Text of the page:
Hackers are getting more resourceful at getting online users’ details. This means that one needs to become more savvy when browsing the Internet. GERHARD OOSTHUIZEN, CIO of Entersekt, shares his tips on how to be more cyber savvy and secure online.
For the everyday internet user, becoming more cyber savvy is vital. Just as we invest in personal security and keep our wits about us as we move around, so too must we be alert to threats online. Fortunately, becoming more better informed and protecting our online assets doesn’t require huge investments of either time or money. By simply keeping a few golden rules in mind, we can go about our daily internet activities with greater peace of mind, says Gerhard Oosthuizen, CIO at Entersekt.
1. Be smart about your passwords
The most commonly employed line of attack is email phishing. By persuading you to enter your username and password into a fake site or app through a cleverly crafted email, hackers can use these details to access legitimate sites or applications you use. If they have your name, hackers can simply go onto your social sites – such as Facebook and Instagram – and use clues there to guess your passwords.
For example, they might use your dog’s name or mother’s maiden name, your birthday or hometown, to answer security verification questions. The key here is to never repeat a theme, pattern or “recipe” in any of your passwords. It is advisable to use lowercase phrases as passwords (theappletree or ienjoysunsets), instead of merely using different versions of the same password. Work from the assumption that at least one site you have been on – LinkedIn, for example, or a service you may no longer even use – has been breached and your password there is being sold by hackers with tens of thousands of others.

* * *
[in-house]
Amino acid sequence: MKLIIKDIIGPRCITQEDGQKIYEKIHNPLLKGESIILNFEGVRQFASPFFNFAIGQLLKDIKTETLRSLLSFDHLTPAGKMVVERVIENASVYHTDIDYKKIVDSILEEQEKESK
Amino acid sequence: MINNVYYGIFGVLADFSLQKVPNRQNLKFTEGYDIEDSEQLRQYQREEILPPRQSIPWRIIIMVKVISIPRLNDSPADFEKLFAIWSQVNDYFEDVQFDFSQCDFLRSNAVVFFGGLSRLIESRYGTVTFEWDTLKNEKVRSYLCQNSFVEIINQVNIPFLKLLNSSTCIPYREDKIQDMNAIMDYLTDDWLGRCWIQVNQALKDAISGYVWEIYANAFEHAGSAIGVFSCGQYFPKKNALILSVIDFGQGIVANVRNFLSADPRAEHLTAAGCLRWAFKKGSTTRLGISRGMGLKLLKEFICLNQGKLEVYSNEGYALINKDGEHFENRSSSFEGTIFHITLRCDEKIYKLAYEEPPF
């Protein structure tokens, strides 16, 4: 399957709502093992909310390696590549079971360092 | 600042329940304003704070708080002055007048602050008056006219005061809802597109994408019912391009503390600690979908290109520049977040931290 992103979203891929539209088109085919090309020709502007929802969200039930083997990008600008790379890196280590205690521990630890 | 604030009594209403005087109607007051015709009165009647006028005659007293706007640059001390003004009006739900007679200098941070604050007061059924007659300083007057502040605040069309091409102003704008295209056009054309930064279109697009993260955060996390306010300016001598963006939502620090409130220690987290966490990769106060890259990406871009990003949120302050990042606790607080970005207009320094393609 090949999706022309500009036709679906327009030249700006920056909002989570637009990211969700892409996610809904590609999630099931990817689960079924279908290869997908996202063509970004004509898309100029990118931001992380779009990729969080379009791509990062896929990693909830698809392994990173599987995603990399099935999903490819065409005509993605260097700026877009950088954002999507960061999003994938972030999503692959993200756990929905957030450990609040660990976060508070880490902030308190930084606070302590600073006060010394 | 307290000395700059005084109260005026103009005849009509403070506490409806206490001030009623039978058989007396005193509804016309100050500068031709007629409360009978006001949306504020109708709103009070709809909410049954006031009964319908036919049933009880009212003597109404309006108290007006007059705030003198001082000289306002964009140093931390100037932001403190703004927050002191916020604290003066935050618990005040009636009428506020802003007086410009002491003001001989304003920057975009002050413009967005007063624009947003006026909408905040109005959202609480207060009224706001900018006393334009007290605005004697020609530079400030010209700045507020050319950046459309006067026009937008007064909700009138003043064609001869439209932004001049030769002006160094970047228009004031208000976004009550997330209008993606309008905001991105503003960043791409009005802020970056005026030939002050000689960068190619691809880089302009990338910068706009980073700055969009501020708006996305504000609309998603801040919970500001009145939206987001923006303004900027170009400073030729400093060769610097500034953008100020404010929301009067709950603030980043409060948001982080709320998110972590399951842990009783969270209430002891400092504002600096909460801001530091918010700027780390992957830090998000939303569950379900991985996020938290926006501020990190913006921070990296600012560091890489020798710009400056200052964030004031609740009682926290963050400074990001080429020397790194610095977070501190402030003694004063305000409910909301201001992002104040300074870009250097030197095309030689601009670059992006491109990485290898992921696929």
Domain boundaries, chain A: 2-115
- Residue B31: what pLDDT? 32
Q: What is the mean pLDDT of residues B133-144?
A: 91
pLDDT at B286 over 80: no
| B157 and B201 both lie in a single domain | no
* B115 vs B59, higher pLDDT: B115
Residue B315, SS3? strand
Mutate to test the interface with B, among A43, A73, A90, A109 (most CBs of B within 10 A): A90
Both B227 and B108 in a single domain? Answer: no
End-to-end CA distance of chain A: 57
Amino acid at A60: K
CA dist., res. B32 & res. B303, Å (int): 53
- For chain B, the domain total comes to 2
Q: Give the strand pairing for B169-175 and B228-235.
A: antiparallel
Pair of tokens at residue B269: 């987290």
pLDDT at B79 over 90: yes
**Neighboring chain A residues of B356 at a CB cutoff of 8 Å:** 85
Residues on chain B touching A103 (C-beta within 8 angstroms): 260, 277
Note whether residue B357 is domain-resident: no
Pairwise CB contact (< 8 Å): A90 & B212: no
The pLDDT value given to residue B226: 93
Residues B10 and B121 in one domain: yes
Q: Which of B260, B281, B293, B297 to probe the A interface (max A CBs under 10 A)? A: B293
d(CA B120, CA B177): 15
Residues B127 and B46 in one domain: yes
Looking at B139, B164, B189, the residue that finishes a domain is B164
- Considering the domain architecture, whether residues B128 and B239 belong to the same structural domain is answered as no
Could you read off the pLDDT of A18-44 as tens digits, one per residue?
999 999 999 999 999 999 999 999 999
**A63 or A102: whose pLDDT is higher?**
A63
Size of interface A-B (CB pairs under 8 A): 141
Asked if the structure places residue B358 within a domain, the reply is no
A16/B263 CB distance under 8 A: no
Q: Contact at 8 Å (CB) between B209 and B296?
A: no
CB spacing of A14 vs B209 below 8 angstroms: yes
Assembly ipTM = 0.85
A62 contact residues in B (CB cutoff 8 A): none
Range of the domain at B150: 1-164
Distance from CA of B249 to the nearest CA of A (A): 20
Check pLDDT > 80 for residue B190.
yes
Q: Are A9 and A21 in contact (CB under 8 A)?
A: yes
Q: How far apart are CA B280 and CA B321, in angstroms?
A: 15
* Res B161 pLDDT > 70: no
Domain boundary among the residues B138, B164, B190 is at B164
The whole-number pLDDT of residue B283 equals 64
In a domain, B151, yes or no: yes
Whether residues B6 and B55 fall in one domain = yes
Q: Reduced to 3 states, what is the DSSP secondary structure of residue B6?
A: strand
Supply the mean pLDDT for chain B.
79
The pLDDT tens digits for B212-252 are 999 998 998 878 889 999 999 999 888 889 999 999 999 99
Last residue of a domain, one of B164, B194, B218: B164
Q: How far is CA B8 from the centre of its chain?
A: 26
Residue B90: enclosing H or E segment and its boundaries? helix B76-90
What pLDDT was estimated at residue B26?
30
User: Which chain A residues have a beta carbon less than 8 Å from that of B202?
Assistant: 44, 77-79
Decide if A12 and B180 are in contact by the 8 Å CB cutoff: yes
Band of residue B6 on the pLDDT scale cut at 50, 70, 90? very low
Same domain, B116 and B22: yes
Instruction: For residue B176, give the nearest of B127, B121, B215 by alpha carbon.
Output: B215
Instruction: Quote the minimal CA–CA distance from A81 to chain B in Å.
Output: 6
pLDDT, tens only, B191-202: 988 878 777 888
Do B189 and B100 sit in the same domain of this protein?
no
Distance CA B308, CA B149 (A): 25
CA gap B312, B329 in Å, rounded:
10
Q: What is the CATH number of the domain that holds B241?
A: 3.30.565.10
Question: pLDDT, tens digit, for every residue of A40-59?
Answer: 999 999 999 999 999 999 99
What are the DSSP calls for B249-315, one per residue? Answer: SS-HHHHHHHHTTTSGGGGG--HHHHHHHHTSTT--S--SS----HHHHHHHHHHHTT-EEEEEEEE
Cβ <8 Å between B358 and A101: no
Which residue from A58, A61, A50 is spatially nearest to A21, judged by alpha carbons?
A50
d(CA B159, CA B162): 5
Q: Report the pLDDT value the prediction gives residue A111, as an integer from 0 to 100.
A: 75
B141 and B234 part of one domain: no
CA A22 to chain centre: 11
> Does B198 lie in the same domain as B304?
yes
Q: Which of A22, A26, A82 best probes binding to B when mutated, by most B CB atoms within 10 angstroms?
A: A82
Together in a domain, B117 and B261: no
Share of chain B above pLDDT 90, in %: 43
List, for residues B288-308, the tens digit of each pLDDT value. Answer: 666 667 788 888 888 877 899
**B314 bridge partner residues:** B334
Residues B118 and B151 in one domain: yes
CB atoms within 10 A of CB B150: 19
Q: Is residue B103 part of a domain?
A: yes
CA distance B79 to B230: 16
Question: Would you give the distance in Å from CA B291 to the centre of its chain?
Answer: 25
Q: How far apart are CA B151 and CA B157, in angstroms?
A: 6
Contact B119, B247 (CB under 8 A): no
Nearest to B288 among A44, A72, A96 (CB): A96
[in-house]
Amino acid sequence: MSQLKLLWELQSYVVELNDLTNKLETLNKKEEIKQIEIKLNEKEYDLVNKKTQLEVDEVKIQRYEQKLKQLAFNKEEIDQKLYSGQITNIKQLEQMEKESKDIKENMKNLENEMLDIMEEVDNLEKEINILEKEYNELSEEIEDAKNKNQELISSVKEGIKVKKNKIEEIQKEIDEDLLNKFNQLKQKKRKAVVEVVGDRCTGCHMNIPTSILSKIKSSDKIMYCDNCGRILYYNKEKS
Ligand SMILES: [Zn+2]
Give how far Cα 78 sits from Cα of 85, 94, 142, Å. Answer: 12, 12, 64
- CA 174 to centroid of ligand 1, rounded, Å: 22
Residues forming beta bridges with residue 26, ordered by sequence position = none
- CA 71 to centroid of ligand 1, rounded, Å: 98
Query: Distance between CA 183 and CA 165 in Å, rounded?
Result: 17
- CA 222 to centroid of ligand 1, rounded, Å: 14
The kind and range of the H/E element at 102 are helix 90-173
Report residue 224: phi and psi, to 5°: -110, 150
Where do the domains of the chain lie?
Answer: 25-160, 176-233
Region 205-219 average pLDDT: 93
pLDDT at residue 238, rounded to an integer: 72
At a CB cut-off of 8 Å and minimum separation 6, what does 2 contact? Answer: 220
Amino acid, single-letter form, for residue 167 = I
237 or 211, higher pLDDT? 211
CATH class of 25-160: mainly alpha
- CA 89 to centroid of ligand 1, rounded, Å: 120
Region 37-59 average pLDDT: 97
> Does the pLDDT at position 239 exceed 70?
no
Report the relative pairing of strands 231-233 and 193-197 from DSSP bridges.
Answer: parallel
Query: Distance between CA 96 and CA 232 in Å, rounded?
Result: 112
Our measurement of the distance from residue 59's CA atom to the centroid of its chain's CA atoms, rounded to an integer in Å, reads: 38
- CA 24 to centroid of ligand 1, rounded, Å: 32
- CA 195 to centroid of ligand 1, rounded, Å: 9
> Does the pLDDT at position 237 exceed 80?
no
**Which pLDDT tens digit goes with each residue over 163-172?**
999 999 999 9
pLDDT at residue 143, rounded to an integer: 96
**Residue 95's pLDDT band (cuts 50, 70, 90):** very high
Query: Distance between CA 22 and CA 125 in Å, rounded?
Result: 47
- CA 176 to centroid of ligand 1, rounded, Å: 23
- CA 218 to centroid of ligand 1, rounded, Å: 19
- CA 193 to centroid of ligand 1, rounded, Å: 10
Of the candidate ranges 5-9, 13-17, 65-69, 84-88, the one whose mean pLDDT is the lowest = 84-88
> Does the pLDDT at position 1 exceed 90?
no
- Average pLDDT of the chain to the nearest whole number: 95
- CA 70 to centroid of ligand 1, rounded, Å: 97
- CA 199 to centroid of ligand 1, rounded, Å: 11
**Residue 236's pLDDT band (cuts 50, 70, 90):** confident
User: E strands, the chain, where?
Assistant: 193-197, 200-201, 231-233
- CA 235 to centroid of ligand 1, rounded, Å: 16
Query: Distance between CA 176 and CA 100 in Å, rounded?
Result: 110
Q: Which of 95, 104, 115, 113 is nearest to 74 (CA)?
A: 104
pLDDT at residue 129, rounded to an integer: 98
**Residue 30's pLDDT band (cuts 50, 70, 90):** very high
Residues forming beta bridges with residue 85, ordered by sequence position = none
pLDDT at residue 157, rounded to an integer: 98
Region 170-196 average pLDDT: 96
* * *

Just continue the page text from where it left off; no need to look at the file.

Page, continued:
2. Always use two-factor authentication
If an online service gives you the option, implement two-factor authentication, where you confirm your identity or specific intentions through a combination of two different touchpoints. Instead of relying solely on email to reset your password for a certain website or mobile app, two-step verification requires you (or a potential hacker) to provide more information – such as a one-time password (OTP) or an answer to a security question over a separate communication channel. This option is always available for any online platform where a transaction is taking place, although it is very rarely the default security setting. It is, therefore, up to you to ensure that two-factor authentication has been activated for the websites and mobile apps that you regularly access and on which you share personal information. This reduces the risk associated with weak, predictable or stolen passwords.